From its inception, the archaeology of gender was entwined with feminism. Engagement has engendered reconstructions of complex, diverse peoples and practices that are more equitable, relevant, and sound. Yet, for many archaeologists, the connection with feminist perspectives has frayed in recent years. Their studies of gender articulate dated ideas about women and epistemological frames that highlight duality and universality. Examinations of labor divisions typify shortcomings. To advance gender's study and archaeology, practitioners need to consider several concerns about identity and difference emerging from third-wave feminism. Gender is envisioned as intersection. Bioarchaeology, especially, will benefit from feminist approaches that reflect critically and regard gender in nonnormative and multiscalar terms. To this end, resistance to feminism must fade. Opposition stems from its imagined relationship with postmodernism, but conflation misconstrues feminism's sociopolitical commitment to emancipatory change. For their part, archaeologists can utilize feminist perspectives to diversify the field, explore difference, and tackle archaeological issues with sociopolitical resonance.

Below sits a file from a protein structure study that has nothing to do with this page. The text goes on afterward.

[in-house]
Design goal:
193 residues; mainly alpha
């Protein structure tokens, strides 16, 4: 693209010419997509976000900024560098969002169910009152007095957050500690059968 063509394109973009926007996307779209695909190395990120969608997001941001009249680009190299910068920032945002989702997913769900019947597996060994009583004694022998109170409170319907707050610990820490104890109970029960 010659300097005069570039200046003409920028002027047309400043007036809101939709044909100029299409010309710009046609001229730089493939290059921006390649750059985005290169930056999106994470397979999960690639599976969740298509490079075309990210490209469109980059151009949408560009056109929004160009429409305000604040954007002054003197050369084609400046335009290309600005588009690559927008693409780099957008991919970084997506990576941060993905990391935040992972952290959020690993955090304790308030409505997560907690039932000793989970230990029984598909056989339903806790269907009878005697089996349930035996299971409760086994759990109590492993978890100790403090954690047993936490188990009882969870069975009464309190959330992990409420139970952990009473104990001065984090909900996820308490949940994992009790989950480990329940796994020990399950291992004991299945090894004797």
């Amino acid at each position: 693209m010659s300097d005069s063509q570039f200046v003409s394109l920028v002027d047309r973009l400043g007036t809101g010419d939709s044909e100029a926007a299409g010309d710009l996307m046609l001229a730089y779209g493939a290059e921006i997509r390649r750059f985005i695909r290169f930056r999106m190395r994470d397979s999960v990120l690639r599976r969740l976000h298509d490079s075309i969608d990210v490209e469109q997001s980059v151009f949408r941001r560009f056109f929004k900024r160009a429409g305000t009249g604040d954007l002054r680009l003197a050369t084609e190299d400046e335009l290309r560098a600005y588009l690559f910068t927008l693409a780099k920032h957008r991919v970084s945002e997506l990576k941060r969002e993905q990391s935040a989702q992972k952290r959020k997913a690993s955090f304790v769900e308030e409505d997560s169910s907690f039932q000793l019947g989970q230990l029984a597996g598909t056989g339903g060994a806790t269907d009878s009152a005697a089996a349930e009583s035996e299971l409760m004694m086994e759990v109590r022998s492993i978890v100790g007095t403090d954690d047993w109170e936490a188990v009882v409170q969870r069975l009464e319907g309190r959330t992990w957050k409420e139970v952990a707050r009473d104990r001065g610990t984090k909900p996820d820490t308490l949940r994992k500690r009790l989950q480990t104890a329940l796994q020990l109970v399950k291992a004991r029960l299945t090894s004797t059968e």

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  • Article Type: Review Article
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